This post appears here courtesy of the The Daily Wire
. The author of this post is Joseph Curl
Nearly six in 10 new COVID-19 infections are spread by people who show no symptoms of the virus, according to a new study.
The Centers for Disease Control and Prevention (CDC) study
found that asymptomatic people made up about 24% of all transmissions. Meanwhile, pre-symptomatic individuals, those who have contracted the virus but do not yet have symptoms, accounted for 35% of new cases.
"In the absence of effective and widespread use of therapeutics or vaccines that can shorten or eliminate infectivity, successful control of SARS-CoV-2 cannot rely solely on identifying and isolating symptomatic cases; even if implemented effectively, this strategy would be insufficient,"
the CDC researchers wrote in their study. "These findings suggest that effective control also requires reducing the risk of transmission from people with infection who do not have symptoms."
Jay Butler, CDC deputy director for infectious diseases and a lead author of the study, said the study findings support public health guidelines that call for masks and social distancing.
"There was still some controversy over the value of community mitigation — face masks, social distancing, and hand hygiene — to limit spread,"
Dr. Butler told Business Insider. "This study demonstrates that while symptom screening may have some value, mitigation, as well as strategically planned testing of persons in some setting, will be a significant benefit."
Said the study: "The baseline assumptions for the model were that peak infectiousness occurred at the median of symptom onset and that 30% of individuals with infection never develop symptoms and are 75% as infectious as those who do develop symptoms. Combined, these baseline assumptions imply that persons with infection who never develop symptoms may account for approximately 24% of all transmission. In this base case, 59% of all transmission came from asymptomatic transmission, comprising 35% from presymptomatic individuals and 24% from individuals who never develop symptoms. Under a broad range of values for each of these assumptions, at least 50% of new SARS-CoV-2 infections was estimated to have originated from exposure to individuals with infection but without symptoms."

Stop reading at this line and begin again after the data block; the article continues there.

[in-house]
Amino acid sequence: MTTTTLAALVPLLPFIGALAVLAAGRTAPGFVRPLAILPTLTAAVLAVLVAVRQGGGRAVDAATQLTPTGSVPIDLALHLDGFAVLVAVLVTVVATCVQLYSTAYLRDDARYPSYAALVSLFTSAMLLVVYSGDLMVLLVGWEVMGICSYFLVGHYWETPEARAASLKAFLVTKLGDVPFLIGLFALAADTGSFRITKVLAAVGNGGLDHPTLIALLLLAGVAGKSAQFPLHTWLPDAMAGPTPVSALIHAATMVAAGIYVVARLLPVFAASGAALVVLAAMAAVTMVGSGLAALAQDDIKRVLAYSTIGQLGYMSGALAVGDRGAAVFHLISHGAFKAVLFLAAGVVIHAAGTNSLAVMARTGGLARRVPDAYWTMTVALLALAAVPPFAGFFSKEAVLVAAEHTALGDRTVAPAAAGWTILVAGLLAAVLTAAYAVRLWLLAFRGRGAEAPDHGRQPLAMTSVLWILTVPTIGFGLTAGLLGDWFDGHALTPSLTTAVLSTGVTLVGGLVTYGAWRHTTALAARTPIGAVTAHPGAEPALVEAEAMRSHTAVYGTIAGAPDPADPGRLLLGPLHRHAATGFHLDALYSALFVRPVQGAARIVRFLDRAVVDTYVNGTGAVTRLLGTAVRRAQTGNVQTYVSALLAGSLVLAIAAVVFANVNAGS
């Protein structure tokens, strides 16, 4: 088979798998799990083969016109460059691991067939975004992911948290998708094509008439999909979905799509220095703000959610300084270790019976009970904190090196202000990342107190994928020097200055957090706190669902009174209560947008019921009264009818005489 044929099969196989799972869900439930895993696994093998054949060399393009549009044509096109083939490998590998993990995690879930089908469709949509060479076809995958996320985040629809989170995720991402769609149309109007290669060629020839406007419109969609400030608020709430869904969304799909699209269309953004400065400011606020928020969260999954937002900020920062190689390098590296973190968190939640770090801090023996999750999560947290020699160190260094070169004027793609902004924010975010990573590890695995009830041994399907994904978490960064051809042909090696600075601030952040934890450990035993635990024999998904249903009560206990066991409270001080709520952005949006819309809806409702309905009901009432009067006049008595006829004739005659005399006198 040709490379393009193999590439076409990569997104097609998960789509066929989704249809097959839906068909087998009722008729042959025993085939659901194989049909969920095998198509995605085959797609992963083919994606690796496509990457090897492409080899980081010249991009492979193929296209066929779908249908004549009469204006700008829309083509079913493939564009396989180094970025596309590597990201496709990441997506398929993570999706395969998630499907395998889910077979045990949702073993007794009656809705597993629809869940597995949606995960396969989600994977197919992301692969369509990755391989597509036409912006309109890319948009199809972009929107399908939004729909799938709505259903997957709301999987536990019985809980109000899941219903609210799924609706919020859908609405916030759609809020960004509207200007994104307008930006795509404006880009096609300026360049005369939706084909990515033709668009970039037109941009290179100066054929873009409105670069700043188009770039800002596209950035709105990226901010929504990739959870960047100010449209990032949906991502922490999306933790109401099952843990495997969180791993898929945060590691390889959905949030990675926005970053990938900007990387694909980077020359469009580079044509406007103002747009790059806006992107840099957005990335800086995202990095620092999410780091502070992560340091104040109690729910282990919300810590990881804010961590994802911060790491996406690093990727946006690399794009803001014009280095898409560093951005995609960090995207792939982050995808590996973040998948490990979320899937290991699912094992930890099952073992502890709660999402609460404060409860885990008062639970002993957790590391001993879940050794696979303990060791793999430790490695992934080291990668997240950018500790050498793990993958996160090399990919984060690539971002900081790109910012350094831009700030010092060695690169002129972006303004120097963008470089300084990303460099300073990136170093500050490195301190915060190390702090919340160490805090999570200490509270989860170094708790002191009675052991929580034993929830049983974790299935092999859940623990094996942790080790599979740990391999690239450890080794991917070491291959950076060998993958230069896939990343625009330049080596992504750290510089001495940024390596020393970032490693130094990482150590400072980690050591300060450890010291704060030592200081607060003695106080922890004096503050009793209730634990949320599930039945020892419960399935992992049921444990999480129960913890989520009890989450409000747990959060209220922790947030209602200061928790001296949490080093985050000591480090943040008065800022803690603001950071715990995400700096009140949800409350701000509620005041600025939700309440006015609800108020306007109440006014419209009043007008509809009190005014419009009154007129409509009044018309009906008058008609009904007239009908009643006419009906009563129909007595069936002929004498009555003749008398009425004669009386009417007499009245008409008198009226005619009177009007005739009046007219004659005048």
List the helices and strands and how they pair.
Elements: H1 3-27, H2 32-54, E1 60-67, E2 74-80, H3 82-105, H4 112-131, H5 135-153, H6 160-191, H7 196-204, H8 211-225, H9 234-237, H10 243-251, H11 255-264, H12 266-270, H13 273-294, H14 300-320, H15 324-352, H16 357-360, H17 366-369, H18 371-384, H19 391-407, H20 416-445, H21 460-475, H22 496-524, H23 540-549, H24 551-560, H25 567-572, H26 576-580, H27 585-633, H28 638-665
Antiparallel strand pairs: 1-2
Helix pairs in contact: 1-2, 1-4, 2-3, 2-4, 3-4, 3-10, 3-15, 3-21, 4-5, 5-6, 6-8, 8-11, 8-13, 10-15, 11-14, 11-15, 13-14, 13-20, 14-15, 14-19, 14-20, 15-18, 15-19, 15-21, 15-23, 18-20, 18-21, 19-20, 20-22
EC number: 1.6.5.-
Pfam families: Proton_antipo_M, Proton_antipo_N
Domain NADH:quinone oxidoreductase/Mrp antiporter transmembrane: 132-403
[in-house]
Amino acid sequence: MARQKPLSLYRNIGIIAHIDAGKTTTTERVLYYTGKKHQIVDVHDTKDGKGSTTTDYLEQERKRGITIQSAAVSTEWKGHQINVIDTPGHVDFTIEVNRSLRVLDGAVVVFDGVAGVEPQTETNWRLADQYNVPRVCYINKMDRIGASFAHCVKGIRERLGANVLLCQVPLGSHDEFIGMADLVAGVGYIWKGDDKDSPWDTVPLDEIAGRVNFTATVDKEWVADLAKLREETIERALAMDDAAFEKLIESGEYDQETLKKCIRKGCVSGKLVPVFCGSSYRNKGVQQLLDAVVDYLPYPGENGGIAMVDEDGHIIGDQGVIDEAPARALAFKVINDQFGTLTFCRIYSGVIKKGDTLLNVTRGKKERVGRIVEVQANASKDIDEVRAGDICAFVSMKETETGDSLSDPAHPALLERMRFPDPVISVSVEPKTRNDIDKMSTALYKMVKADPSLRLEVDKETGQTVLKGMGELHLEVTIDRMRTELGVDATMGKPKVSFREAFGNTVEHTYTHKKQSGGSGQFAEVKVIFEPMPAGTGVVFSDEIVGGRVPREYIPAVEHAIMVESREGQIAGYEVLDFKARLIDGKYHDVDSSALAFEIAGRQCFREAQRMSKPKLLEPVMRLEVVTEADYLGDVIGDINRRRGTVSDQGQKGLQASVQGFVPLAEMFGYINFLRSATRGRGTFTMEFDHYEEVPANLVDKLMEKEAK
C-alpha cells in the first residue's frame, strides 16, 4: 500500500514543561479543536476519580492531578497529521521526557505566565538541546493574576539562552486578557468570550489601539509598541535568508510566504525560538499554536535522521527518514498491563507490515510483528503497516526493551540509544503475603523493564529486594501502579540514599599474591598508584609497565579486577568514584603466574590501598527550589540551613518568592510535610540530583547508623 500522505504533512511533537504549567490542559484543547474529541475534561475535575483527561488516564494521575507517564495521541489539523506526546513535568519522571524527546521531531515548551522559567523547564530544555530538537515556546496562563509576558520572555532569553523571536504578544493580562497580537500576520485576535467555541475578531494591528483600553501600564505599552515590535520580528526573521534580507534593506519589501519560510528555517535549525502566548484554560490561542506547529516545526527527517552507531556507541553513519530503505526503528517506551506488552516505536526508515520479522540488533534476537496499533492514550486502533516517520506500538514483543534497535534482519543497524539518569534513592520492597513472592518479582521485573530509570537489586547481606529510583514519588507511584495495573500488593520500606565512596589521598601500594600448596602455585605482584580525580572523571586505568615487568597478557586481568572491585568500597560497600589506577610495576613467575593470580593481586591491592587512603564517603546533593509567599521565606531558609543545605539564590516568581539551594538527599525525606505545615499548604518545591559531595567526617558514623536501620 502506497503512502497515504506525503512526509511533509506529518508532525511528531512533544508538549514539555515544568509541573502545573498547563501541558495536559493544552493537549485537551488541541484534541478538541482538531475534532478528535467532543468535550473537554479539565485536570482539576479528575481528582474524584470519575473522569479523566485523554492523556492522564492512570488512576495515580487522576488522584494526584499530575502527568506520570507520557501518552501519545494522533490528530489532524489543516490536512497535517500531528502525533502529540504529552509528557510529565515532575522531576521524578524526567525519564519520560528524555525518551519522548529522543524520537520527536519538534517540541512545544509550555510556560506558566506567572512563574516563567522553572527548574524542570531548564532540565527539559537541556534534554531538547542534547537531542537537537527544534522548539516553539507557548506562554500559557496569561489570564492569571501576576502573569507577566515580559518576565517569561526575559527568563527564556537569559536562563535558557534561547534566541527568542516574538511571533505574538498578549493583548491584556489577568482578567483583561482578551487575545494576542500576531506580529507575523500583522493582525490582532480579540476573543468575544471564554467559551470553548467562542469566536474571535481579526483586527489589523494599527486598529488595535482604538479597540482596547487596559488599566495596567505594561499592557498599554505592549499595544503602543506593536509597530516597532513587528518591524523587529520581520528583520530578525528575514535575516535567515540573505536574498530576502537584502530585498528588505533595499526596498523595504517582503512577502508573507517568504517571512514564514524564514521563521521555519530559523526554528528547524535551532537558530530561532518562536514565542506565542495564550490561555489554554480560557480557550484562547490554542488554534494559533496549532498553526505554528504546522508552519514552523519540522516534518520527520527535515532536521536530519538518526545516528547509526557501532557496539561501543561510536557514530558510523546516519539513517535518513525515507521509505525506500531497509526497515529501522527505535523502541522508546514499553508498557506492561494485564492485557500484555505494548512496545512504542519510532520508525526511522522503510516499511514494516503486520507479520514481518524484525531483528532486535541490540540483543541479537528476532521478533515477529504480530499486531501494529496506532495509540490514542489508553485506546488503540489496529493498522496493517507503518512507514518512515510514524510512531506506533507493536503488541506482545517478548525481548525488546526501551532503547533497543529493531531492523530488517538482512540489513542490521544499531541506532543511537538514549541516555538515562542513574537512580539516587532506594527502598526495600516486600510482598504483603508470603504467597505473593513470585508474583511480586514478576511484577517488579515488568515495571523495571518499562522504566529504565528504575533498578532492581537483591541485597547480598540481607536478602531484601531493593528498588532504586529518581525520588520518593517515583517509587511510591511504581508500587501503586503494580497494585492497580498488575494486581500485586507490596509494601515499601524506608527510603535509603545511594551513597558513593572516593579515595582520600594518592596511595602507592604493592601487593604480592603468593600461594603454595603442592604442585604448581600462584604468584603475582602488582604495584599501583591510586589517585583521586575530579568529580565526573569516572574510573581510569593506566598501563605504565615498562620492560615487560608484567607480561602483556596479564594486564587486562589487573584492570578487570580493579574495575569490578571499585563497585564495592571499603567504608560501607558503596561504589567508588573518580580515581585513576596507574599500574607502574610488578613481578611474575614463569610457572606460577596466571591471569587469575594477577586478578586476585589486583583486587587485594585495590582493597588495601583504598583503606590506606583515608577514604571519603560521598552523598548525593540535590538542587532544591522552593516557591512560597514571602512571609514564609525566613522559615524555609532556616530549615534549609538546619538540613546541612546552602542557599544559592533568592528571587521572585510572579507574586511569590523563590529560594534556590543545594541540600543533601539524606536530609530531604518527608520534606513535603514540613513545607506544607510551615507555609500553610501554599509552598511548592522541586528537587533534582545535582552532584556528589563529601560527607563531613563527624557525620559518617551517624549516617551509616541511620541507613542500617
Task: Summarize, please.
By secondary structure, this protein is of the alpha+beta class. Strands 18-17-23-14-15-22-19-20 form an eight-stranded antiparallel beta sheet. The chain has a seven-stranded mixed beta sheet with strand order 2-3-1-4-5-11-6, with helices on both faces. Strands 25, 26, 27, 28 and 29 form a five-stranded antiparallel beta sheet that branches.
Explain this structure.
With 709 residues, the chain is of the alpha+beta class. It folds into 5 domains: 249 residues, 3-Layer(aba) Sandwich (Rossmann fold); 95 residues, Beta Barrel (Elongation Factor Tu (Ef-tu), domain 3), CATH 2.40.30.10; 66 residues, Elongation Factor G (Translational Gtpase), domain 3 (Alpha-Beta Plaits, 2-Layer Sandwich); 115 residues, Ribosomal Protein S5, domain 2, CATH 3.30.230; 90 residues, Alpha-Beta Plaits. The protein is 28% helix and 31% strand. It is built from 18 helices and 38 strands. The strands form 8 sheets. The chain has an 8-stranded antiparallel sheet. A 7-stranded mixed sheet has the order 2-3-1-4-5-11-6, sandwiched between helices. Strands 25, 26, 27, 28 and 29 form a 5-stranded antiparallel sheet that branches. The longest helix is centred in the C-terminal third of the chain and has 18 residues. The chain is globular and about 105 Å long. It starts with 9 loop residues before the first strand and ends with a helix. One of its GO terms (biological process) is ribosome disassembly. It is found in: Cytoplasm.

The study concludes: "In this decision analytical model of multiple scenarios of proportions of asymptomatic individuals with COVID-19 and infectious periods, transmission from asymptomatic individuals was estimated to account for more than half of all transmissions. In addition to identification and isolation of persons with symptomatic COVID-19, effective control of spread will require reducing the risk of transmission from people with infection who do not have symptoms. These findings suggest that measures such as wearing masks, hand hygiene, social distancing, and strategic testing of people who are not ill will be foundational to slowing the spread of COVID-19 until safe and effective vaccines are available and widely used."
But the CDC said "this study has limitations."
"First, we used a simplistic model to represent a complex phenomenon, ie, the average infectiousness of SARS-CoV-2 infections over time. We used this model deliberately to test assumptions about the timing of peak infectiousness and transmission among asymptomatic individuals so that we could vary only these 2 critical parameters and assess their relative effects. Therefore, these results lack quantitative precision, but they demonstrate the qualitative roles of these 2 components and show that across broad ranges of possible assumptions, the finding that asymptomatic transmission is a critical component of SARS-CoV-2 transmission dynamics remains constant."